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    talking about sounds

    Stylus Magazine just published a long interview that Scott McKeating did with Chris and I (as Number None), largely focusing on our album Urmerica, released around this time last year.

    Those of you who are curious can follow the link, but I was pretty pleased with this particular exchange, in which I manage to semi-seriously use the word "aura":

    Scott: Are you believers that a recorded sound holds elements of meaning beyond the actual sound? For example, would an abattoir field recording contain elements of absolute horror that weren’t audible?

    JB: When we were on tour this March I asked Carlo Steegen (of Hardline Elephants) what was the last piece of music he heard that scared him. He told me about Bob Ostertag's recording of a boy digging a grave for his father, who has been killed by the El Salvadorian National Guard; digging sounds, crying, and a buzzing fly. This recording is available as a free download on Ostertag's site, by the way, if you want to freak yourself out. Even further along these lines we have John Duncan's notorious recording of himself having sex with a corpse. The contexts here are quite horrific—they generate negative energy that seems adequately described by the term 'aura.' As for how much of that "aura" can be transferred to the listener via the process of recording, that's anybody's guess. I think most people who engage in the practice of magic would say that, yes, recording technology is going to capture some of that aura and will in fact replicate it in playback. This can also be thought about using Bruno Latour's theory of the 'anthropological matrix,' which describes the way in which indigenous people tend to conceptualise their tools and their interpersonal relationships and their natural world as part of a hybridised, organically bound web. I think it's possible to talk about recording technology as something that works as a part of that web. In short, I believe that a sound has a power and a recorded sound in playback maintains that power."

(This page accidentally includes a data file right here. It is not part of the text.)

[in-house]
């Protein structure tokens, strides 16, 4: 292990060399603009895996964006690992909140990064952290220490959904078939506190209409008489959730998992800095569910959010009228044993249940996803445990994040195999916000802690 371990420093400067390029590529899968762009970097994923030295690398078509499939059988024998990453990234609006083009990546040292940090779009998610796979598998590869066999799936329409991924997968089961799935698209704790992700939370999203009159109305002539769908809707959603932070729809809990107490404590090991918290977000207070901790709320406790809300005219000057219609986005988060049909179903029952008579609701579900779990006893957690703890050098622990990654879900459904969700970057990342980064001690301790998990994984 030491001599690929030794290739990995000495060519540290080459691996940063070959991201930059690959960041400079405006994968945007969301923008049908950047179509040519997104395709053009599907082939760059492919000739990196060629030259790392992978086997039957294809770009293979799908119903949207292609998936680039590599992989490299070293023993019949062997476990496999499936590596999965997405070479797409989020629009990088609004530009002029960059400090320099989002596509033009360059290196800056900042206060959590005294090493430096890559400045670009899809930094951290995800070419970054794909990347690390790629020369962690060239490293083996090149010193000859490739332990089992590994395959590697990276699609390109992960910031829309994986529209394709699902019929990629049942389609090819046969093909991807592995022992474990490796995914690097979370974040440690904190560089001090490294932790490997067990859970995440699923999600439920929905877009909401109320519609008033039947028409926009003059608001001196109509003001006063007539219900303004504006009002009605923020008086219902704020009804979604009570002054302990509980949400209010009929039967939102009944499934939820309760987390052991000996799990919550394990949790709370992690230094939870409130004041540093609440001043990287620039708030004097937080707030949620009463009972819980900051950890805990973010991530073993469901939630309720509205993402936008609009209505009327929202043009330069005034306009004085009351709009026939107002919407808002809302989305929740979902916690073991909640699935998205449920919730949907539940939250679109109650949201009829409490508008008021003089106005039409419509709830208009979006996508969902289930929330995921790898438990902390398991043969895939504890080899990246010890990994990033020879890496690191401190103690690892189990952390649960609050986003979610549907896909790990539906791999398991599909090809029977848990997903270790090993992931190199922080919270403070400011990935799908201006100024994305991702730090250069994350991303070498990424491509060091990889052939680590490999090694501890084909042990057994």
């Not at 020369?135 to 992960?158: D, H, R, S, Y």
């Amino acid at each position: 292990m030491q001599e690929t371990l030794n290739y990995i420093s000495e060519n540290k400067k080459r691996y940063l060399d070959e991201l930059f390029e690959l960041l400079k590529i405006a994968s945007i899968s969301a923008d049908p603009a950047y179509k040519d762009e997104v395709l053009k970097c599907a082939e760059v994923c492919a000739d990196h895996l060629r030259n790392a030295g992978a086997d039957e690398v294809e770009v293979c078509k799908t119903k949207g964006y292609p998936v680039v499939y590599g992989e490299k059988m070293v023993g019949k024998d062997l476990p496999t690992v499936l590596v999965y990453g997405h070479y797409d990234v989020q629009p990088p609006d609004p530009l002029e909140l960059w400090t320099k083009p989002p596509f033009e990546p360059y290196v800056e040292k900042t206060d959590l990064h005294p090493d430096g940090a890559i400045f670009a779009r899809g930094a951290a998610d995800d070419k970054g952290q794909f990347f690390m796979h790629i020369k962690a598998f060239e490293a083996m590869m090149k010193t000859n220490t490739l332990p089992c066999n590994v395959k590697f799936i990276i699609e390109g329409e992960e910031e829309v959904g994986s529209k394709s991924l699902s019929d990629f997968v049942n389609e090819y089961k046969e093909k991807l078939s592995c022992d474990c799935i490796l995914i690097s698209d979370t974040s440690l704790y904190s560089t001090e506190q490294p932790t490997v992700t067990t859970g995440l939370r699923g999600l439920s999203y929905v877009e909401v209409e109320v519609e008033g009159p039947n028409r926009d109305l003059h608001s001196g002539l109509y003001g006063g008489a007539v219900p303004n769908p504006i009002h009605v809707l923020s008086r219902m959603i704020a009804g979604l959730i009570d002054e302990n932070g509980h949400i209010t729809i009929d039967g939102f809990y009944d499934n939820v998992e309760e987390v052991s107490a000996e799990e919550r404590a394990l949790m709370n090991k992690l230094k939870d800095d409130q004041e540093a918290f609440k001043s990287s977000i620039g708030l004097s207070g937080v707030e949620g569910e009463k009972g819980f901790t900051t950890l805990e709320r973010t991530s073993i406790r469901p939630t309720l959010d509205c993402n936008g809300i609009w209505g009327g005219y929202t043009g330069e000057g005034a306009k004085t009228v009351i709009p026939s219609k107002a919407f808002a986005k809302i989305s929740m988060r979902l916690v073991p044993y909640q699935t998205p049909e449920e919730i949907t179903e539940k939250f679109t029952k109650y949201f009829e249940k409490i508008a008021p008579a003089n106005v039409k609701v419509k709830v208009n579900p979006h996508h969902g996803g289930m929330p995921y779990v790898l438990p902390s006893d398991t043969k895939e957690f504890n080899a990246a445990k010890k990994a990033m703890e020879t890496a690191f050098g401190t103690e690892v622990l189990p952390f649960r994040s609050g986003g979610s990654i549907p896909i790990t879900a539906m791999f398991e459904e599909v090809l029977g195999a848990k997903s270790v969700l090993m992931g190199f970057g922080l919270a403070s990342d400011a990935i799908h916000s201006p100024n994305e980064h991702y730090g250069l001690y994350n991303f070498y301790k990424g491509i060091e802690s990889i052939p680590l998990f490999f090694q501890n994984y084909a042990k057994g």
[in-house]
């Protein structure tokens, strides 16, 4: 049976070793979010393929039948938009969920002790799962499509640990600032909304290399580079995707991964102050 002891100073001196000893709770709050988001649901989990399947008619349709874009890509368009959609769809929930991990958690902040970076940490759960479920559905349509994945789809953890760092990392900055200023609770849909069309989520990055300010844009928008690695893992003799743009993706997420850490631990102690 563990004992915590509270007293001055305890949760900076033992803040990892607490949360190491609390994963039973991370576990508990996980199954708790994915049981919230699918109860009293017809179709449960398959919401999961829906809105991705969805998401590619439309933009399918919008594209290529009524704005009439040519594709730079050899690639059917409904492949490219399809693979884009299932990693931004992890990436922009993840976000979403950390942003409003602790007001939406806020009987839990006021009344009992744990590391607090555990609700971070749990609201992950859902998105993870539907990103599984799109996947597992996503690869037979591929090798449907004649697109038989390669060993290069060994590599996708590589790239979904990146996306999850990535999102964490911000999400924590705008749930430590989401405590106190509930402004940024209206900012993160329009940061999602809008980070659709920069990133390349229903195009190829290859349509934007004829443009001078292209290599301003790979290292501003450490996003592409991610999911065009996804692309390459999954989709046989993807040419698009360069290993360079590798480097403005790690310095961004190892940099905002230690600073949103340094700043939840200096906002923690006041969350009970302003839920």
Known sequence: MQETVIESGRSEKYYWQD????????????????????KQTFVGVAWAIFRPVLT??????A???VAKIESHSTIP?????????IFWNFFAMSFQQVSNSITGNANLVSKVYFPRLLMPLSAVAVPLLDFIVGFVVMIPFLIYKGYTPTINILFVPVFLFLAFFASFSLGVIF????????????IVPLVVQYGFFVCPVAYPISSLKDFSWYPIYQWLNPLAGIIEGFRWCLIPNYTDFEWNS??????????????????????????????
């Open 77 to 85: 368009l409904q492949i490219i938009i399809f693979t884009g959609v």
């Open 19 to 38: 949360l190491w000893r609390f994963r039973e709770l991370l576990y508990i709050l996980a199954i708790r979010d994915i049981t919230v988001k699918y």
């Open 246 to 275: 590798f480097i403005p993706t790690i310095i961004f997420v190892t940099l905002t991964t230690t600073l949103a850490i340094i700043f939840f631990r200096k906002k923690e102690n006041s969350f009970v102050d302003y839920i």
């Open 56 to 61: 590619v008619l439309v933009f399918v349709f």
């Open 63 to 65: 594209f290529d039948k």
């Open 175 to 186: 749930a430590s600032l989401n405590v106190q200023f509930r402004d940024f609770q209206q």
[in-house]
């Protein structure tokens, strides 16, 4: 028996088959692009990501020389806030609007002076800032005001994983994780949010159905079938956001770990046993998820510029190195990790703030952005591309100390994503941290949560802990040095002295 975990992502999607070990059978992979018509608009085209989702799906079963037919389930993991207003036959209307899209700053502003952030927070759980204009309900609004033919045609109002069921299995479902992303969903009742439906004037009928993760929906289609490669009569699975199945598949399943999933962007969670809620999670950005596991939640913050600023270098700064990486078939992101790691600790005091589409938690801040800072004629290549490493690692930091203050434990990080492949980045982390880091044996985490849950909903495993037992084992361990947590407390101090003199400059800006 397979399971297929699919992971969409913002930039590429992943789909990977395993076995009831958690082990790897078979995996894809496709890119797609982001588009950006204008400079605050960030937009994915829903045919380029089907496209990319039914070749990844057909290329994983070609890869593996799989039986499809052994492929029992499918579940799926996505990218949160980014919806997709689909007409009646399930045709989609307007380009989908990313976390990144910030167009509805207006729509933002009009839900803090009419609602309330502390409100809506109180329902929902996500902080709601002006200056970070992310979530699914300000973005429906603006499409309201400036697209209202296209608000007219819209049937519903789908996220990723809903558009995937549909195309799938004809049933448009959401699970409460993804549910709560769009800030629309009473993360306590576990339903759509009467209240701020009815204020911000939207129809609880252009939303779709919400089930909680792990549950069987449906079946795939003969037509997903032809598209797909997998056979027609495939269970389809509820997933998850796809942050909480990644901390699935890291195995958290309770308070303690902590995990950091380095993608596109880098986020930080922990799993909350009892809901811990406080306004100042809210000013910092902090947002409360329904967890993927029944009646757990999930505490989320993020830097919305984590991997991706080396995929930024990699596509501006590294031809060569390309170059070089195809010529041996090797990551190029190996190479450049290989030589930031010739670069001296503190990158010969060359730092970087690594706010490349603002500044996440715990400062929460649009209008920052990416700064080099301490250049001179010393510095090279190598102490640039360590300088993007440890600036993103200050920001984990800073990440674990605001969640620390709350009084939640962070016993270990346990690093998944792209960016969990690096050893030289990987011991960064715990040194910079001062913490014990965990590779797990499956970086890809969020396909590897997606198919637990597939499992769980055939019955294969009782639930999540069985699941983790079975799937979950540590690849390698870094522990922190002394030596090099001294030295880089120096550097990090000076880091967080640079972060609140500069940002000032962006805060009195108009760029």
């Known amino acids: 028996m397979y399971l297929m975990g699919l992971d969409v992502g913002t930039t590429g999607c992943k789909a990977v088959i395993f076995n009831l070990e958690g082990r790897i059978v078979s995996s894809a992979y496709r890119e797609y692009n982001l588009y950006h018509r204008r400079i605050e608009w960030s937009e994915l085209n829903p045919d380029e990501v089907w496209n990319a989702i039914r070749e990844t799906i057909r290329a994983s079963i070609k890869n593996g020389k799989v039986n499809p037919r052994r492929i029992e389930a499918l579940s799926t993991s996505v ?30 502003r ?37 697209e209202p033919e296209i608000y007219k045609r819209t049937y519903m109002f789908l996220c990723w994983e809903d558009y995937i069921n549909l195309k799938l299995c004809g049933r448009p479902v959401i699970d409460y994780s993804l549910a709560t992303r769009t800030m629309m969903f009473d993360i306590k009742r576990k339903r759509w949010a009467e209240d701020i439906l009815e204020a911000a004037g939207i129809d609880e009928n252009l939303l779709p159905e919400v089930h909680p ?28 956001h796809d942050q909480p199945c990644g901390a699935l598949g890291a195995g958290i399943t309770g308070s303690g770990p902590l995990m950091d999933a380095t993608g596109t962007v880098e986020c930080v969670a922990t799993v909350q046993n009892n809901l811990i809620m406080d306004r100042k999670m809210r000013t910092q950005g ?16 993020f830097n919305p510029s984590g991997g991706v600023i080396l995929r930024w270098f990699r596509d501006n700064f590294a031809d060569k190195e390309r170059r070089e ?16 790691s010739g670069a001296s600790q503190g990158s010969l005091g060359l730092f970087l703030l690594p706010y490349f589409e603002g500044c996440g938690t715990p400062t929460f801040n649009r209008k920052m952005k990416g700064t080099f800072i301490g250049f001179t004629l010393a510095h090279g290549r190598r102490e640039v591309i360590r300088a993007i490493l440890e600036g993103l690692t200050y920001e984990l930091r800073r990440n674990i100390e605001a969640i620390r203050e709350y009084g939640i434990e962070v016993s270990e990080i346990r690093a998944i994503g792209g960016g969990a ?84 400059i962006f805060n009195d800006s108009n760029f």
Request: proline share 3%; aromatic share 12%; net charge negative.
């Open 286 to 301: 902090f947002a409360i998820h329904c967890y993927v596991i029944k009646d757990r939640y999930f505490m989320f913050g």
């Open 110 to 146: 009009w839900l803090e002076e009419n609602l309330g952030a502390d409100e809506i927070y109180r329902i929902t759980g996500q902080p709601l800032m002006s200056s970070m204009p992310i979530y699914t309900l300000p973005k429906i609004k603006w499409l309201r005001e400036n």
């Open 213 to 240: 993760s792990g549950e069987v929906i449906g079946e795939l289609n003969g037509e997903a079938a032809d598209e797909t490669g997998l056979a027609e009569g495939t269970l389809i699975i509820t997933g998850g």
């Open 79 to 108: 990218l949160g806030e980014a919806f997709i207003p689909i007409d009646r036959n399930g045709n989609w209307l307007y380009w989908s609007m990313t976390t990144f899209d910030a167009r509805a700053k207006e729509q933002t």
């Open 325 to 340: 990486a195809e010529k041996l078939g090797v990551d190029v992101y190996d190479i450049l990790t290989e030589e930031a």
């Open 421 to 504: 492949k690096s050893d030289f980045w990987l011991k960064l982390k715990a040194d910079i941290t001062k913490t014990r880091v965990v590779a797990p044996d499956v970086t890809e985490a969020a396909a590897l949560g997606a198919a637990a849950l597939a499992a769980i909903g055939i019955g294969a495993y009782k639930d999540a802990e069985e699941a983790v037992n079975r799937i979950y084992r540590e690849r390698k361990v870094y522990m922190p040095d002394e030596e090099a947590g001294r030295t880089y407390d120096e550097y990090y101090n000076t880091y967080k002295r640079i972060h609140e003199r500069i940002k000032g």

Lots more where that came from.



    Friday, July 21, 2006
    9:53 AM


    Yeah, but does it "swing"?
    That question reminded me, D., that I've been listening to the Water and Architecture sampler you gave me a while back... I really like those Bisk tunes, which while they are just about as fractured and "avant" a music as anyone could possibly want, they also somehow manage to convey some definite swing. A balancing act I rarely see done that well.
    Do you have "Strange or Funny Ha-Ha?". Those tracks you have are the shit, but SOFHH is worth having as well. Bisk is a guy who doesnt really sound like anyone else.

    Glad you're doin well. I'll pop you an email tonight.
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